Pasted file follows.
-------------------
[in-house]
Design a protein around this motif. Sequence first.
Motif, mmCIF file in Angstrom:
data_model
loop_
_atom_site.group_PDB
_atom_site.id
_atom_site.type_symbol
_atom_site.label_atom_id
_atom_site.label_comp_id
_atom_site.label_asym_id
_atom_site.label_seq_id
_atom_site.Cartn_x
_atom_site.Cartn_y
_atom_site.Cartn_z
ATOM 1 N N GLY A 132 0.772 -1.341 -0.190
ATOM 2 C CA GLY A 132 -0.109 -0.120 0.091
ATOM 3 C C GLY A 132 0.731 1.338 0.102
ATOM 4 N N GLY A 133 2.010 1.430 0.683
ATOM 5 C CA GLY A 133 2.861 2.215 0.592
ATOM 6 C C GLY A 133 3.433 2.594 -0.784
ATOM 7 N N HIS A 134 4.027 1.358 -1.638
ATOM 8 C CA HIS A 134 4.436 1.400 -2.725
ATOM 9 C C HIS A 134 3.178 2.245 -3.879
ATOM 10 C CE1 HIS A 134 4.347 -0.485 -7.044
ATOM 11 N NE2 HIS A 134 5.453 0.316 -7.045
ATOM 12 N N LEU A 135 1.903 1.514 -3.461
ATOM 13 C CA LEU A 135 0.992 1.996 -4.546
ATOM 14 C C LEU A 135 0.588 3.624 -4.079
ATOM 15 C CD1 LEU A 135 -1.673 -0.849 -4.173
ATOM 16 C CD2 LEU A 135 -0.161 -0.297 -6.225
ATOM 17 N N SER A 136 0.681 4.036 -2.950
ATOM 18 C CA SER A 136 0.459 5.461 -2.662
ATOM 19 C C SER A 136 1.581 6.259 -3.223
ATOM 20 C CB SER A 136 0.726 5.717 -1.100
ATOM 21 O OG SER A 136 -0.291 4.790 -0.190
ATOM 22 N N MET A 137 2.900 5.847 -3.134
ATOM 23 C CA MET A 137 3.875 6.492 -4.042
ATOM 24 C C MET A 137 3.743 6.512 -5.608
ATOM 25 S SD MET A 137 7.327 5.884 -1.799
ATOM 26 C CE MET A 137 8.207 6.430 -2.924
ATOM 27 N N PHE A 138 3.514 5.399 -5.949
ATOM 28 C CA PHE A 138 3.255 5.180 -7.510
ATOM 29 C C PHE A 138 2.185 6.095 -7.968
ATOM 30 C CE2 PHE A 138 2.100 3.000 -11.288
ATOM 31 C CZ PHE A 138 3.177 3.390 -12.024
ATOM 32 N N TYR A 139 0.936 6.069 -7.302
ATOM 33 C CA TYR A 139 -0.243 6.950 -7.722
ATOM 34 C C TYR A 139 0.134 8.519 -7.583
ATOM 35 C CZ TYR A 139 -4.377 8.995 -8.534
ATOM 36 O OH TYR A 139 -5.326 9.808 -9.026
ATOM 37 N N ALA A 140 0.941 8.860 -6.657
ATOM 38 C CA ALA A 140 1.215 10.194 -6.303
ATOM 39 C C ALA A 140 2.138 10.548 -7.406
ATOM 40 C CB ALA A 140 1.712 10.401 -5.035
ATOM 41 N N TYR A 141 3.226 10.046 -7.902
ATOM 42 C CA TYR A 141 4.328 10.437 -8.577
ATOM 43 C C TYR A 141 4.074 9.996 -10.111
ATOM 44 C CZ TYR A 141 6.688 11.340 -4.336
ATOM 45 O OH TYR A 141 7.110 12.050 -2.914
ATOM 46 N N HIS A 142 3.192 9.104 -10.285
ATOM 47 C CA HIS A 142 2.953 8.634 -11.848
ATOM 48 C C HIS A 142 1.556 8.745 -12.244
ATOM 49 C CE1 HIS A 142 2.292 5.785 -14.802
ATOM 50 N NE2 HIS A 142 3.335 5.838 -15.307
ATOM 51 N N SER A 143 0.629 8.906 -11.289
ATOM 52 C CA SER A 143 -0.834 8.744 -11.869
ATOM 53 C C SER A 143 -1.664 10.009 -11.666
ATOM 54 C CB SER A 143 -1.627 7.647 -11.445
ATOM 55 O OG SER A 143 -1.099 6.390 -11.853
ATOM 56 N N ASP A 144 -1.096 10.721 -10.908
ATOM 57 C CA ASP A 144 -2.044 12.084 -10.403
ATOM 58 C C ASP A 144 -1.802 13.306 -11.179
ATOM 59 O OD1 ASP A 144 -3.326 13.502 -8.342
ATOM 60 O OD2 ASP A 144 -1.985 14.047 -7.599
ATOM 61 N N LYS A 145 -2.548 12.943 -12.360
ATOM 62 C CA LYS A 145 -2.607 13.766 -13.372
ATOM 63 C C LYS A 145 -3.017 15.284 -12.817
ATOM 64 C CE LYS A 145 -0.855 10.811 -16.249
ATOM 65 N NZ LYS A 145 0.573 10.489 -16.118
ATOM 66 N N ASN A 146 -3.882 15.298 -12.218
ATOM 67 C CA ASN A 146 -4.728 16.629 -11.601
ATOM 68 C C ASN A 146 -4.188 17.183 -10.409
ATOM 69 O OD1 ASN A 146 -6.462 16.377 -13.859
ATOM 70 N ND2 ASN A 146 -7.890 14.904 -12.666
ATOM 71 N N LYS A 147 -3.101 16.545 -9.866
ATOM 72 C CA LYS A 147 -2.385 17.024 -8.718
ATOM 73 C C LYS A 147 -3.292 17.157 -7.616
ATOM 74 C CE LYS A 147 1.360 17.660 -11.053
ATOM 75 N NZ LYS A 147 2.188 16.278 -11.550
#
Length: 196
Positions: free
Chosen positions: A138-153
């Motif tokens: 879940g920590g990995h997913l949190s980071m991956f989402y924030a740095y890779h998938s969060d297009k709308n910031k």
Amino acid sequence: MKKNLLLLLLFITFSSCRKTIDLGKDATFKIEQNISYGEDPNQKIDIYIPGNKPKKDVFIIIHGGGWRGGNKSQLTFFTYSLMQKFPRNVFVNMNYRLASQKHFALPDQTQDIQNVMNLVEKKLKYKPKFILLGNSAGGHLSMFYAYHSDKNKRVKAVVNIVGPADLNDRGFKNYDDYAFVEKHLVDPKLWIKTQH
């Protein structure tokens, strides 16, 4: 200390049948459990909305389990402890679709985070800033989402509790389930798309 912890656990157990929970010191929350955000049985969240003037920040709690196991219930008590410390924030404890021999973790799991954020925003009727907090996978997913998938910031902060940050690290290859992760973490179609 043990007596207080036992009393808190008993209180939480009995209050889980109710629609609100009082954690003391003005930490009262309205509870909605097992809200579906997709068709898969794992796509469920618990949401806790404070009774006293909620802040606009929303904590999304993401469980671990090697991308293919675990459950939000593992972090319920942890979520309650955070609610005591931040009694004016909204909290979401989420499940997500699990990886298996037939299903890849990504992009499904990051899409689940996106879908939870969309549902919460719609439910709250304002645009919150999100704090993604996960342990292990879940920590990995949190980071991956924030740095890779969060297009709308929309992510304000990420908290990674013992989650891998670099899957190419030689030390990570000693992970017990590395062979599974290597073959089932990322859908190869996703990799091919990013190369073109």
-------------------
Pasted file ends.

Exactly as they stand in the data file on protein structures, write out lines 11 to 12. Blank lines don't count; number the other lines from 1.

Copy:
_atom_site.label_asym_id
_atom_site.label_seq_id